FOR IMMEDIATE RELEASE
IFA FILES JOINT EMPLOYER RULE COMMENTS TO THE DEPT. OF LABOR
International Franchise Association Argues in Favor of Proposed Rule; Asks for Additional Clarity
(WASHINGTON, JUNE 25) – The International Franchise Association (IFA) today filed comments to the U.S. Department of Labor (DOL) in support of the agency’s proposed rulemaking on the joint employer standard under the Fair Labor Standards Act.
IFA’s comments argue that the DOL’s proposed rule correctly acknowledges that long-accepted business practices in franchising are not evidence of joint employment. IFA also encouraged the DOL to make clear that a franchise brand may be considered a joint employer of a franchise owner’s employees only if the two businesses share or together determine an employee’s essential terms of employment such as hiring, firing, discipline, and supervision.
“The Department of Labor has put forward a rule that can add much-needed clarity for franchise businesses,” said IFA Senior Vice President of Government Relations and Public Affairs Matt Haller. “An expanded joint employer standard has cost the economy billions and slowed down hiring and job growth – this rule is a major step toward righting that wrong. IFA and America’s 733,000 franchise businesses applaud the Department of Labor for their efforts on this rule and look forward to its finalization.”
As part of its comments, IFA conducted extensive interviews with franchisors and franchisees to determine the effects of the expanded joint employer standard on a brand’s operation. Franchisors reported that an expanded joint employer standard makes it harder to resolve crises at franchise units that could jeopardize the overall brand, forced them to eliminate or curtail training and support to franchisees, and even made it more challenging to bring new franchisees from underserved areas or disadvantaged backgrounds into their system – hurting job creation and economic growth in areas that need it most.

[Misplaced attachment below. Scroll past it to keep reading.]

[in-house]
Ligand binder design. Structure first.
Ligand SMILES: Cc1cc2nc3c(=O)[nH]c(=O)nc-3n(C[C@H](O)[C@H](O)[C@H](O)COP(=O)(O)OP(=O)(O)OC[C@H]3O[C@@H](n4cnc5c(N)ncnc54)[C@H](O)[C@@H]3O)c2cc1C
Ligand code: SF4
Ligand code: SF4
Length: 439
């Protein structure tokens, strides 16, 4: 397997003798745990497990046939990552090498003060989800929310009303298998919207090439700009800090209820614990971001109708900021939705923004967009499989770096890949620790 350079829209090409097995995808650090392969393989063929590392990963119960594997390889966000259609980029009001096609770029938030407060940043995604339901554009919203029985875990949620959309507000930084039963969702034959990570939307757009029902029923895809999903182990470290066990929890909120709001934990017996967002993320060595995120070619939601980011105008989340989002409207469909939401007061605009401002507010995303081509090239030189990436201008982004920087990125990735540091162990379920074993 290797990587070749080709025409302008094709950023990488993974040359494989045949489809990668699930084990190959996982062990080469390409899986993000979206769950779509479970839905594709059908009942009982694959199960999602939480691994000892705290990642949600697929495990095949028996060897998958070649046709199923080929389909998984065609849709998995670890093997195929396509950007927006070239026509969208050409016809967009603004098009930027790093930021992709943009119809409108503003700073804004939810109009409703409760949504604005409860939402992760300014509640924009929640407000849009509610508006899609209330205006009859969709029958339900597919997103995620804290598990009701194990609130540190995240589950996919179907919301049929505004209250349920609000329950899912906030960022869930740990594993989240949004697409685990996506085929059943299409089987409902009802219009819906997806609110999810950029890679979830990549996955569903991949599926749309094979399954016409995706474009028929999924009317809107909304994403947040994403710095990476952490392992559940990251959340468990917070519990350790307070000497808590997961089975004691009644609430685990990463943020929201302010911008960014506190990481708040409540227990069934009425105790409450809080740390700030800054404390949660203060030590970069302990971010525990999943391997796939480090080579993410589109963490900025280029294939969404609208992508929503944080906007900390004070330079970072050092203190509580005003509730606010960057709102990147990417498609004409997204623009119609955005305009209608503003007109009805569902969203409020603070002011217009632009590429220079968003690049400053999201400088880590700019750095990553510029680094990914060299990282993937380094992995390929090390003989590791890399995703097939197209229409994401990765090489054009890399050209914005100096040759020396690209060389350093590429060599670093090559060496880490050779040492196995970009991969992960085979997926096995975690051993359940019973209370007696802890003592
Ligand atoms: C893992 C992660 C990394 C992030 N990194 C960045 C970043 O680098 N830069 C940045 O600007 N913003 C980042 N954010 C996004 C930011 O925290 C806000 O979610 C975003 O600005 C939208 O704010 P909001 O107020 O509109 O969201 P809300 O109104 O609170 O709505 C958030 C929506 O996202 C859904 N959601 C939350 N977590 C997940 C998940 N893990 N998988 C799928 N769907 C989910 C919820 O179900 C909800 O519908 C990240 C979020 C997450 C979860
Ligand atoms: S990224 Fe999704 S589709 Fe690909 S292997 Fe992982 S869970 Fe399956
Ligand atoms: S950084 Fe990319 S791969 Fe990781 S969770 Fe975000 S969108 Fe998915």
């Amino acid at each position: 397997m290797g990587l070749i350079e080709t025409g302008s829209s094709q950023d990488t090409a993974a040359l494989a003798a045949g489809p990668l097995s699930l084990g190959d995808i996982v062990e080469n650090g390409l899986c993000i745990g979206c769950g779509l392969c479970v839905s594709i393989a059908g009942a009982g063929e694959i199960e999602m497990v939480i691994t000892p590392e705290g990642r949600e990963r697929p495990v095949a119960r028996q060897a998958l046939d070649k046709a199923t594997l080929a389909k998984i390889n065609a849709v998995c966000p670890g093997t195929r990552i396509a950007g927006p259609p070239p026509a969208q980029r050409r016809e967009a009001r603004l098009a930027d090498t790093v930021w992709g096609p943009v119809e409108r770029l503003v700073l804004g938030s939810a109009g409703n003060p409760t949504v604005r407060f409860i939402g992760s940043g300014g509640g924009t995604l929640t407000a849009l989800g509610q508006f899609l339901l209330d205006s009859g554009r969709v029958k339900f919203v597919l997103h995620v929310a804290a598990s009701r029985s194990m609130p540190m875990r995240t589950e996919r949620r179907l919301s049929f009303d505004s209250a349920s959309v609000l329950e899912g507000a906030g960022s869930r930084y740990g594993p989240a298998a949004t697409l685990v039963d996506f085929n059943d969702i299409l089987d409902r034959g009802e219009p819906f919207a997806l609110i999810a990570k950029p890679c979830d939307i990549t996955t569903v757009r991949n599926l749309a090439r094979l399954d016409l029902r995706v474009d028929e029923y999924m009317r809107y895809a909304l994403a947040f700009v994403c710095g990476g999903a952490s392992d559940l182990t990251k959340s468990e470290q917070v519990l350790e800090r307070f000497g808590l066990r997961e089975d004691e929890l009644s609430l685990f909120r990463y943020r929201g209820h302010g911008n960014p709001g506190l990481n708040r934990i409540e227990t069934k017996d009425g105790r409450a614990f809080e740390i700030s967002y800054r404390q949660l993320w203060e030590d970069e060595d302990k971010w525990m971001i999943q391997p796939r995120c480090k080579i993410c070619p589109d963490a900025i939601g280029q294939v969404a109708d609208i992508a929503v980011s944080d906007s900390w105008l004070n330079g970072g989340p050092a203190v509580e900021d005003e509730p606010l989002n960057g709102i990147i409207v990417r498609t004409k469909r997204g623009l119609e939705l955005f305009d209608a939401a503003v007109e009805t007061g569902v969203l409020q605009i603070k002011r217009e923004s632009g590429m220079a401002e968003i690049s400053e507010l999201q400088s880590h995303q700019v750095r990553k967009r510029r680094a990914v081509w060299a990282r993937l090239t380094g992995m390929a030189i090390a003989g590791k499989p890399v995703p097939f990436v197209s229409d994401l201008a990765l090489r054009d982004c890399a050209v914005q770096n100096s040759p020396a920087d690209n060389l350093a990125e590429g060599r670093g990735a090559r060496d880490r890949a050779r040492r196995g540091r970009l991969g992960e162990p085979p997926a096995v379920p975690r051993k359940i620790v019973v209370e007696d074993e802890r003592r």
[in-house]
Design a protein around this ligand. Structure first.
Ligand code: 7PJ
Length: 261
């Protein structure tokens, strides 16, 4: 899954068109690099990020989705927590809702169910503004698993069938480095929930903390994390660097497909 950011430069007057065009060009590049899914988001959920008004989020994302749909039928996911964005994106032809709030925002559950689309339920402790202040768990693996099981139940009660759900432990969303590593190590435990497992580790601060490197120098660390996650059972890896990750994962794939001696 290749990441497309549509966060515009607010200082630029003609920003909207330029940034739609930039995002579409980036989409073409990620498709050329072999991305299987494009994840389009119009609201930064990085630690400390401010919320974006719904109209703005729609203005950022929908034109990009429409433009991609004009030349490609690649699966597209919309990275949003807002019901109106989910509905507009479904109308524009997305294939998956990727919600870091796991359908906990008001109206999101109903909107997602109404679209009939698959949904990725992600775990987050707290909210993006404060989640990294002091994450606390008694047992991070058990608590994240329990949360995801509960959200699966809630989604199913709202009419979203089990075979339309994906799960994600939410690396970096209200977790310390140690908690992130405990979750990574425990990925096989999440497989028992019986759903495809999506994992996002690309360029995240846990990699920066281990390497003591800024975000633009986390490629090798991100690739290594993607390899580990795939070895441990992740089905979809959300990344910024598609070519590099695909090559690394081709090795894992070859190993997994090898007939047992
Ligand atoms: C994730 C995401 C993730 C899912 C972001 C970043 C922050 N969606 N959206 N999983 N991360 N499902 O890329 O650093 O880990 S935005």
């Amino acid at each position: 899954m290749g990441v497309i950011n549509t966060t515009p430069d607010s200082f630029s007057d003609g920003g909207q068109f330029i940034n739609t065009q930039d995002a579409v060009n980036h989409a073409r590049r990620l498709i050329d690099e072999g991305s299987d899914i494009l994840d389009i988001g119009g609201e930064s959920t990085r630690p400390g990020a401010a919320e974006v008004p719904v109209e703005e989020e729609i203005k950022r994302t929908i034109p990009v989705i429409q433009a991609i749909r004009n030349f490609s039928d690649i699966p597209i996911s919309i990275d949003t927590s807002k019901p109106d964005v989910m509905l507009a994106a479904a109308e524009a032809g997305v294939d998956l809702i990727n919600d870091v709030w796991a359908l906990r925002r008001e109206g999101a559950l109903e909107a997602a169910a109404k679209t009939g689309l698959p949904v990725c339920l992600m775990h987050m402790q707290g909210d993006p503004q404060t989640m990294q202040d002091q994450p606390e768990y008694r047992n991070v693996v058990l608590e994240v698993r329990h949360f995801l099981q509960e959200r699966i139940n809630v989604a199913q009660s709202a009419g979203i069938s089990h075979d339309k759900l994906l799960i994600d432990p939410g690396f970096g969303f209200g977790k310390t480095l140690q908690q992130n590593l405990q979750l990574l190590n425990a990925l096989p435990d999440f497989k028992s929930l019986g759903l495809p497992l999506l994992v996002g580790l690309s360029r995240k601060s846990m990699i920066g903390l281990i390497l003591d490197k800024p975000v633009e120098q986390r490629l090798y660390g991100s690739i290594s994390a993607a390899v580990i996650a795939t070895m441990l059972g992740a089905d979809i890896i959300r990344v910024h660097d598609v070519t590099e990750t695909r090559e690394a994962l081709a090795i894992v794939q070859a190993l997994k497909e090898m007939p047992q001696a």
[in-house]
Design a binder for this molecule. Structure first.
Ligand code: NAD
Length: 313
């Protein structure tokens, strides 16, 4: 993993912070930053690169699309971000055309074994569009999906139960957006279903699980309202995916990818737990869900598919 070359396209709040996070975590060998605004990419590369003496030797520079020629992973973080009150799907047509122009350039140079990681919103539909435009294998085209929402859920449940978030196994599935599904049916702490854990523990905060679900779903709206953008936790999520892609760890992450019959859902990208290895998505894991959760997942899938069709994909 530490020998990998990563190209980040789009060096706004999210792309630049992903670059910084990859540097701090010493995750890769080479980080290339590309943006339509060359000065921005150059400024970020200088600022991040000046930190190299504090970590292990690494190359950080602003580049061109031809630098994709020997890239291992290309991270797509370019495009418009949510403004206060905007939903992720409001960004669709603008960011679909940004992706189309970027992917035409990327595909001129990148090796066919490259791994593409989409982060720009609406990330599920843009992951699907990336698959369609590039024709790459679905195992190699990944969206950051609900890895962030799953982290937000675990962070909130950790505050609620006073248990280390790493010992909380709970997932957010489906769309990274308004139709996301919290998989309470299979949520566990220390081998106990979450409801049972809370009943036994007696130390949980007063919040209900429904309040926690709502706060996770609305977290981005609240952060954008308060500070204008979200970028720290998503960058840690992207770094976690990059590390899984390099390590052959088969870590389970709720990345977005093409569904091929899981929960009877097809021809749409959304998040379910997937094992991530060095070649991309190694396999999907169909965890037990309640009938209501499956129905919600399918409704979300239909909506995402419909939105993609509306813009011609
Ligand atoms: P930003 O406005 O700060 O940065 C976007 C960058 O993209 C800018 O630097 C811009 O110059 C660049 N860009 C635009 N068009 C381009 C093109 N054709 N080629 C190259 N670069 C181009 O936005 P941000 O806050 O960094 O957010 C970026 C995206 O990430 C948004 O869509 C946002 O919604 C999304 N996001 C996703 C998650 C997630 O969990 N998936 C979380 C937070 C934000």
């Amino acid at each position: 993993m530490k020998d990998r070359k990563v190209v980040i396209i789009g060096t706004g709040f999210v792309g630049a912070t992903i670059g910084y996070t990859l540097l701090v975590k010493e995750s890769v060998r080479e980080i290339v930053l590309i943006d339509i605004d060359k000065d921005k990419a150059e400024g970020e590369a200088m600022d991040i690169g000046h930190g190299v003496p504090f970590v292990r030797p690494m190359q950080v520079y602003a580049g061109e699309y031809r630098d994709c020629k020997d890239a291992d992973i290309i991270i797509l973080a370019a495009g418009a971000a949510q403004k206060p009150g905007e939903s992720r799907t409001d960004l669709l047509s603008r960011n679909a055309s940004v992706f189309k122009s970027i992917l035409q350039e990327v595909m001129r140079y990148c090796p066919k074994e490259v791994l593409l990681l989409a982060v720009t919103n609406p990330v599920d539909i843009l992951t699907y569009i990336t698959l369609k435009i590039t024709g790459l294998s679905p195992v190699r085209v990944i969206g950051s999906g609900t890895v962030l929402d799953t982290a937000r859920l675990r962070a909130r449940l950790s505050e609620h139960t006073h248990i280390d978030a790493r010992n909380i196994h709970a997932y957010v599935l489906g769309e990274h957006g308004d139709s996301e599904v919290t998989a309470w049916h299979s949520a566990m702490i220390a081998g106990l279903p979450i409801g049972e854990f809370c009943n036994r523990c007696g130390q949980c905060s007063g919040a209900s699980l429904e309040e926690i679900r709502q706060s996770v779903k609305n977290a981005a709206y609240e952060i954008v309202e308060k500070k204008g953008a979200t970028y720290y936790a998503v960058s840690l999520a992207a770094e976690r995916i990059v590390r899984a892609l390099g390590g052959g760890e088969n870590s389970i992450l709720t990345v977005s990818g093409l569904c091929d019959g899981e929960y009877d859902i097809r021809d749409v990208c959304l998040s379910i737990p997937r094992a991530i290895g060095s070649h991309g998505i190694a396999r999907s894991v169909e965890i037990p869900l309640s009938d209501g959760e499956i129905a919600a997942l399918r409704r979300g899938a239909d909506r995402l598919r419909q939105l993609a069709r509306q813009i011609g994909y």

For their part, franchisee owners reported that they had less access to advice and training and a loss of collaboration and knowledge-sharing with their brand – which directly undermines a major benefit of the franchise business model.
In addition, IFA also asked the DOL for clarity on whether 19 hypothetical examples of franchisor-franchisee relations would constitute joint employment. Those examples can be of use to franchise brands and business owners alike as they seek to grow their businesses in compliance with the law.
IFA previously found that the expanded joint employer standard under a similar rule cost franchise businesses $33.3 billion per year, resulted in 376,000 lost job opportunities, and led to 93% more lawsuits.
LINK: IFA Comments to the DOL
About the International Franchise Association
Celebrating 58 years of excellence, education and advocacy, the International Franchise Association is the world's oldest and largest organization representing franchising worldwide. IFA works through its government relations and public policy, media relations and educational programs to protect, enhance and promote franchising and the more than 733,000 franchise establishments that support nearly 7.6 million direct jobs, $674.3 billion of economic output for the U.S. economy and 2.5 percent of the Gross Domestic Product (GDP). IFA members include franchise companies in over 300 different business format categories, individual franchisees and companies that support the industry in marketing, law, technology and business development.